The Gentrification of Ethereum (And What Can Be Done About It)

Ever since I started getting into the metaverse, I’ve been looking at the similarities and differences between how the concept of “housing” works in the real-world vs how it might be applied in Web3. My previous experiences working in the real-estate industry and housing activism helps to give me a perspective and insight that might be interesting to some, I think.

Given that my interest in Web3 is largely formulated from a musician’s point of view, I’ve always had an agenda when it came to crypto -- the advancement and protection of the creative classes as a whole. The types of “creatives” out there range widely depending on background and interests, of course, but there are patterns that play out in the real world that can be analyzed more objectively by looking at the fundamentals of society -- economics, geography, and standards of living relative to the former two.

Incidentally, these are the issues and data points that are rarely brought up in the media/social media since it tends to bring up uncomfortable truths in the real-estate market that no-one wants to talk about. In the United States (and many urban centers in the Western world), the solution to the housing and homelessness crisis is zoning reform -- not anything else. Aside from Andrew Yang and a few activists out there (I was part of the YIMBY movement for several years, may possibly get involved with Yang’s new Lobby3 effort) there are very few people talking about the real issues when it comes to housing since the well was poisoned by wealthy homeowners and special interest groups many years ago.

The result of this is already apparent to most people -- record high housing costs, followed by record high homelessness rates -- which seems obviously related (supply and demand) but people still fail to understand that the two things are connected in a very direct way. Housing affects everything in society and can be very difficult to talk about, but I’d like to focus this article specifically on how it has affected the creative classes -- and in particular, how these trends mirror what has happened in the crypto markets in the last few years as the NFT hype began to spiral out of control.

Gentrification in the “Real World”

Generation Priced Out by Randy Shaw, a housing activist located in the Tenderloin district in San Francisco. (
Generation Priced Out by Randy Shaw, a housing activist located in the Tenderloin district in San Francisco. (

It may not come across as a surprise to many out there, but right now the whole concept of “urbanism” in American cities stands on very shaky grounds -- the high costs of living -- coupled with the proliferation of automation and remote work have driven many people out of urban centers, leading to the dispersion of talent that will most likely leave a permanent scar even in the most “beloved” cities across the US. People come to cities for the jobs, diversity, and the vibrant/innovative culture that urban centers provide, but in recent years that ethos has been dwindling as the high costs of living have gradually priced artists, the middle-class, immigrants and migrants, minority communities, sub-cultures -- basically anyone who fails to meet the financial cut-off point -- out of the neighborhood altogether.

How could this have happened? The reason is simple -- there simply isn’t enough housing to go around. US cities have attracted the attention of people all over the world, driving up demand, but failed to provide an adequate supply of housing in order to keep housing costs at a reasonable level. When demand outpaces supply, the cost of it goes up -- the fundamental laws of economics doesn’t change, even when it comes to real-estate. When the costs of living skyrockets, the only things you’re left seeing in the neighborhood are yacht clubs and corporate franchises -- turning the culture of it into a bland, homogenous goop that is neither interesting nor exciting.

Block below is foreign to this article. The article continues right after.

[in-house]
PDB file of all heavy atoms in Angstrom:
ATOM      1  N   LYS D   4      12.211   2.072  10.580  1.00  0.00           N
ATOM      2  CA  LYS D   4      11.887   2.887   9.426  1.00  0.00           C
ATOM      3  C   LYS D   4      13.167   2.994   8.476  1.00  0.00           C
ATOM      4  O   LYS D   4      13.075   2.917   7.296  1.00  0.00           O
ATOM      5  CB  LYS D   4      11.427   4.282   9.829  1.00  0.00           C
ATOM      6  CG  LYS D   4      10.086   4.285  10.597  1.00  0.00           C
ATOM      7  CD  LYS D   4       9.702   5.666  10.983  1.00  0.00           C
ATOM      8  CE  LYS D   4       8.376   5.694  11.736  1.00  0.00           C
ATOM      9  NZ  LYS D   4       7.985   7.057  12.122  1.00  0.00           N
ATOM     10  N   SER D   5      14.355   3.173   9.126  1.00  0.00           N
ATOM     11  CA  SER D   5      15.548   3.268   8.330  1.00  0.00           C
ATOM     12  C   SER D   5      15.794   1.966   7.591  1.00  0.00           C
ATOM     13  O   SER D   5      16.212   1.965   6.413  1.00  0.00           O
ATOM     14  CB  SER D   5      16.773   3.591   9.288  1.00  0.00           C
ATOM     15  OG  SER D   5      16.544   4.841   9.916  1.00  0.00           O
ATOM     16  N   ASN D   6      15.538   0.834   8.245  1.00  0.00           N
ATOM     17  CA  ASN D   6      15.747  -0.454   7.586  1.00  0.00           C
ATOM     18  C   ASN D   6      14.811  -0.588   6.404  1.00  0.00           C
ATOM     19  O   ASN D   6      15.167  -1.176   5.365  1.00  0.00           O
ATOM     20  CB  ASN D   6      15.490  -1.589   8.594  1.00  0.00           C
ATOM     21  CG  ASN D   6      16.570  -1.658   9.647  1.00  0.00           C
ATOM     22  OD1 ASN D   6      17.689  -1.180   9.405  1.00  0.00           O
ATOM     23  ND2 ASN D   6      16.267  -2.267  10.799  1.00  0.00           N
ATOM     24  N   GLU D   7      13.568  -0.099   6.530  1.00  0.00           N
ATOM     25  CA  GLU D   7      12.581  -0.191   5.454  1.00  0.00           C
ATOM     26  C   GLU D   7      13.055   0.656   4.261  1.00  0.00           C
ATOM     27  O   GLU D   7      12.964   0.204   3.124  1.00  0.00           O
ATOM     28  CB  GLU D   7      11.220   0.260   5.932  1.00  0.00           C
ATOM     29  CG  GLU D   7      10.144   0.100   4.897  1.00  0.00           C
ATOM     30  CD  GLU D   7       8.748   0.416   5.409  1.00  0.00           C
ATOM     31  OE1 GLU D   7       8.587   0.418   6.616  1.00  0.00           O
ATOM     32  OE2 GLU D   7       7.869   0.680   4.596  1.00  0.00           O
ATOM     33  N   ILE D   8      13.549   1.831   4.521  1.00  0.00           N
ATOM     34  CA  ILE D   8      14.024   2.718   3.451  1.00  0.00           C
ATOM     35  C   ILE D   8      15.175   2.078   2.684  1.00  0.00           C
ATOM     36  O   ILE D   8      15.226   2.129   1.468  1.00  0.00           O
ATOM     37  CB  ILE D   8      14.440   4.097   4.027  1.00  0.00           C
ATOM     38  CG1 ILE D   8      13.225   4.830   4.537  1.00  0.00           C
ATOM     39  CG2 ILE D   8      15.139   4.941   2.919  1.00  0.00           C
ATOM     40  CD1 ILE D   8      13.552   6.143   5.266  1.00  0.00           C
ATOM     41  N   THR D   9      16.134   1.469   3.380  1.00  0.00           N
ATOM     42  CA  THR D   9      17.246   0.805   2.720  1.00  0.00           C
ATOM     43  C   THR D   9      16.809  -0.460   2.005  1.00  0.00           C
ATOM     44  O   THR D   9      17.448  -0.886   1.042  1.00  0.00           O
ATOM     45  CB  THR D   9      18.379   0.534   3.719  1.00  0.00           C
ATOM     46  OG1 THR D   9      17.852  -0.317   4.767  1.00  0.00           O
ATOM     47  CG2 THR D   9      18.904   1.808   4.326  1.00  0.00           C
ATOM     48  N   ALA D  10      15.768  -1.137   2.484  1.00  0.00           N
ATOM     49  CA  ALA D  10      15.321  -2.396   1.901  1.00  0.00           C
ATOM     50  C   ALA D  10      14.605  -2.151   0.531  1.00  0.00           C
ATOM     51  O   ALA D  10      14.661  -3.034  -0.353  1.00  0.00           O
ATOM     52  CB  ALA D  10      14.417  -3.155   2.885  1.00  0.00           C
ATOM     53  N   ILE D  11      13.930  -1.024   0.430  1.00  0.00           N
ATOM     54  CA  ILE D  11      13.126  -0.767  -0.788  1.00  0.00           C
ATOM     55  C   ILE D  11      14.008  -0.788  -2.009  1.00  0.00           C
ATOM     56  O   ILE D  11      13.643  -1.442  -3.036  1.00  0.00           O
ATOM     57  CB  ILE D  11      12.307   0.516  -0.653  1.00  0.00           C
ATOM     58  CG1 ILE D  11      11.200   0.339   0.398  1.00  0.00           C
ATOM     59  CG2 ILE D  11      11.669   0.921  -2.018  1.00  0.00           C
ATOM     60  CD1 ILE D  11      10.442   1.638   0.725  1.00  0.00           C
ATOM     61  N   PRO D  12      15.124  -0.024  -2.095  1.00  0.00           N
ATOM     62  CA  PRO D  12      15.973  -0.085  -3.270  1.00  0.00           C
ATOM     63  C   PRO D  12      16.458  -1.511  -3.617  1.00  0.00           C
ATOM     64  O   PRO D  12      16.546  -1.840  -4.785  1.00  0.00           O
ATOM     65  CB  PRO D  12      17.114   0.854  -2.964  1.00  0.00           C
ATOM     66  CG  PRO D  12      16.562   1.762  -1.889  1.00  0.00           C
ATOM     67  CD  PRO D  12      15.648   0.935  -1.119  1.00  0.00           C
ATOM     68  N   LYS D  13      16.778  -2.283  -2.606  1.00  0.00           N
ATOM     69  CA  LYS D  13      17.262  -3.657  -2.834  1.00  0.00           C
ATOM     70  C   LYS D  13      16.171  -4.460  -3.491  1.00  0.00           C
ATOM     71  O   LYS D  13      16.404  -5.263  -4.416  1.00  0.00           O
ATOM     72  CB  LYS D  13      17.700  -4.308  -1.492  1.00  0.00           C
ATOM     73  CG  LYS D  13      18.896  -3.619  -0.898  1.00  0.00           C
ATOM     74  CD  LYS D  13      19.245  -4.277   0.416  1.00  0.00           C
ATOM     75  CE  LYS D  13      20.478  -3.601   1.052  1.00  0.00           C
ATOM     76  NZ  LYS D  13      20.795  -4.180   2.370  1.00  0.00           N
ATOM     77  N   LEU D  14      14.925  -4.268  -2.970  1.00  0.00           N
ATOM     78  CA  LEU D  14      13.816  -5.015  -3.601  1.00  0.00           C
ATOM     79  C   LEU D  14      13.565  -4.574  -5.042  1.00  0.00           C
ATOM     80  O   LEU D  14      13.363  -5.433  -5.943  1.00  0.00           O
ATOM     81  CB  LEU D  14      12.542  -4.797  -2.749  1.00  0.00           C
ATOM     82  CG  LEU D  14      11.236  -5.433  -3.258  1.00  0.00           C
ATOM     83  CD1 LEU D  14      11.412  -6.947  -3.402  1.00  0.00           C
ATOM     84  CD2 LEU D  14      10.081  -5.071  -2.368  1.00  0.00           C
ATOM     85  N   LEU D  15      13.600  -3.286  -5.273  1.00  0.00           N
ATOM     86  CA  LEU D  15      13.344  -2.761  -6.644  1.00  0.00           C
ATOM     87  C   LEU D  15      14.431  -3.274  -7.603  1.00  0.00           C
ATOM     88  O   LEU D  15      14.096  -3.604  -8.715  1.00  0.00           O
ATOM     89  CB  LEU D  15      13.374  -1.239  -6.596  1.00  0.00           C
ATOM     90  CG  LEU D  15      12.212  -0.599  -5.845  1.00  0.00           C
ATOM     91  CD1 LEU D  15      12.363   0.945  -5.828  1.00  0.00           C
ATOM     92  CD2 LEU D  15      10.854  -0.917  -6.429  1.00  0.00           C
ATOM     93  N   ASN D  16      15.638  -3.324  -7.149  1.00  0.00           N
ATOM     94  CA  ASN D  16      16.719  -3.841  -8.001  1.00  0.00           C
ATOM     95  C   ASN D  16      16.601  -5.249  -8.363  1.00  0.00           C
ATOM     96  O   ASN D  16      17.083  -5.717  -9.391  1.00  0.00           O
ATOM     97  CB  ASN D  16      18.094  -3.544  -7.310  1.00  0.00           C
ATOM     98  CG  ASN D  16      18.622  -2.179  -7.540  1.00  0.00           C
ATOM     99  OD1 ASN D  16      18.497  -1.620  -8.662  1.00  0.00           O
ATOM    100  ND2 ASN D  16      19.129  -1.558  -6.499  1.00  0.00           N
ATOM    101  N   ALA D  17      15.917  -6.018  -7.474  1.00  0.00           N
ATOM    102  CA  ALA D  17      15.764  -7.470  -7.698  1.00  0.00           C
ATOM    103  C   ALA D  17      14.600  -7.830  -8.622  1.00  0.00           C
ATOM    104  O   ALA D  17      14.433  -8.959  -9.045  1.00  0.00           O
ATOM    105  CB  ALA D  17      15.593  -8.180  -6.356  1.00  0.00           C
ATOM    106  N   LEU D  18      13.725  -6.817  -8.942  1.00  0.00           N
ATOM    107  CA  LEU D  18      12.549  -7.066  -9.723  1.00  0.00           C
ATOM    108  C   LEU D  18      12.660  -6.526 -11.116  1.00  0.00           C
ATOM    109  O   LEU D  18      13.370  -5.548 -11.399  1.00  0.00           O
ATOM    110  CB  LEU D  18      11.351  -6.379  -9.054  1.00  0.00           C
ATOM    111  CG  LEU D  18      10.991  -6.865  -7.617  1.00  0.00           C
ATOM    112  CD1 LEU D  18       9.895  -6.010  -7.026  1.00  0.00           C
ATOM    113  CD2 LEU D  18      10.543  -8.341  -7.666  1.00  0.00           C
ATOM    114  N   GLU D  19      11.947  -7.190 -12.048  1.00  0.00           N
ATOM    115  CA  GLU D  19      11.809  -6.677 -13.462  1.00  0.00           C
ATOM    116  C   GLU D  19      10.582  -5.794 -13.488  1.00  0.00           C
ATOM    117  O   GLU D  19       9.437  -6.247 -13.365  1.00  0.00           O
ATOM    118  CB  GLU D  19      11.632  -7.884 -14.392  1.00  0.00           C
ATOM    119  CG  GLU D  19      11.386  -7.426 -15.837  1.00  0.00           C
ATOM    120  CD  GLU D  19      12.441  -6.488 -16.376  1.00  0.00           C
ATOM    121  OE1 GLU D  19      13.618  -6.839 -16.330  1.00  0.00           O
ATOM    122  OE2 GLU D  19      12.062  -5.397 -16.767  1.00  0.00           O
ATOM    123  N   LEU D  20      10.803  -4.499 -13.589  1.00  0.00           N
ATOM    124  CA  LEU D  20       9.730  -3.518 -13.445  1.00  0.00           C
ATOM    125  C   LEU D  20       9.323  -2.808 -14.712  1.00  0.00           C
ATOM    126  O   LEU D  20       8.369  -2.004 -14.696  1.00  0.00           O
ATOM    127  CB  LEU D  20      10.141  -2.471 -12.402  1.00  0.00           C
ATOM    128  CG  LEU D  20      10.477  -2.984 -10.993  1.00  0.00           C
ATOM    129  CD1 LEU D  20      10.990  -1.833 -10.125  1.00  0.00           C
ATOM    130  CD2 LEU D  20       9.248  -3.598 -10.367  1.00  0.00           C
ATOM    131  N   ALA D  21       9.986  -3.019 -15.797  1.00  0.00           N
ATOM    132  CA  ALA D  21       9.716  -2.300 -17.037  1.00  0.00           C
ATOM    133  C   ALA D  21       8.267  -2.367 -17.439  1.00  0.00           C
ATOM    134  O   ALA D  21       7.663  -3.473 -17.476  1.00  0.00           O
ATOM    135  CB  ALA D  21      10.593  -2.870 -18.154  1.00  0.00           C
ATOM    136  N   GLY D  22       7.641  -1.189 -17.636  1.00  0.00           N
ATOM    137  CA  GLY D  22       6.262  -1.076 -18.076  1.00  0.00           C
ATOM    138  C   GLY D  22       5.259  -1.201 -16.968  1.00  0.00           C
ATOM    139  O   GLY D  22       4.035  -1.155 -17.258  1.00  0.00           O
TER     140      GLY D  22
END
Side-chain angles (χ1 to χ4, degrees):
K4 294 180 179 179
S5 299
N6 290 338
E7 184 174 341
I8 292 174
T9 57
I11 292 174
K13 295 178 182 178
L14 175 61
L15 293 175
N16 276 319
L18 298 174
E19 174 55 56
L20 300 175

Housing activists spend most of their time advocating for more housing construction -- building more housing during a housing shortage seems like a pretty straightforward, reasonable thing to do. But the NIMBY mindset has taken hold and ended up running everything: NIMBYs fight housing construction at every turn, because of the fear that adding more supply would be detrimental to their “home values”. Affordable housing? Sure, in theory…just not here. “Not In My Back Yard” - as the saying goes. What we see in real-estate we often see in crypto too -- as people clutch onto their coins as if they were pearls. (With the added irony that many of them have no plans to ever sell.)

After having priced out the very people that made the city an interesting place to be to begin with, thus begins the process of urban decay -- and the eventually collapse of the real-estate market in itself. (A big “market correction” about to come soon, especially as the Federal Reserve starts ramping up interest rates in reaction to inflation costs right now.) The tragedy here is that the idea of building more housing leading to lower home values is largely a myth -- the more people you have in a community, more valuable it becomes, both in the short and the long. But that myth continues to persist out of a general fear of change -- a mindset that, unfortunately, seems to have taken hold in the Web3 ecosystem as well.

Gentrification of the Metaverse, NFTs

My plot in Decentraland (11, 69) where I'm planning on keeping all of my works.
My plot in Decentraland (11, 69) where I'm planning on keeping all of my works.

The Ethereum ecosystem (which I’ve been a part of since 2014) underwent a similar pattern during the beginning of the NFT hype -- at first, there were many artists who saw the potential in the technology and jumped in as soon as they could. Back then, minting an NFT was maybe a few bucks at most, and could be seen as a reasonable investment for an artist even if they didn’t have a lot of money. These artists were, objectively speaking, the reason why the excitement existed to begin with -- those works had a type of inspiration and optimism that was immediately obvious and struck a chord with the general public, prompting many to get in on the hype.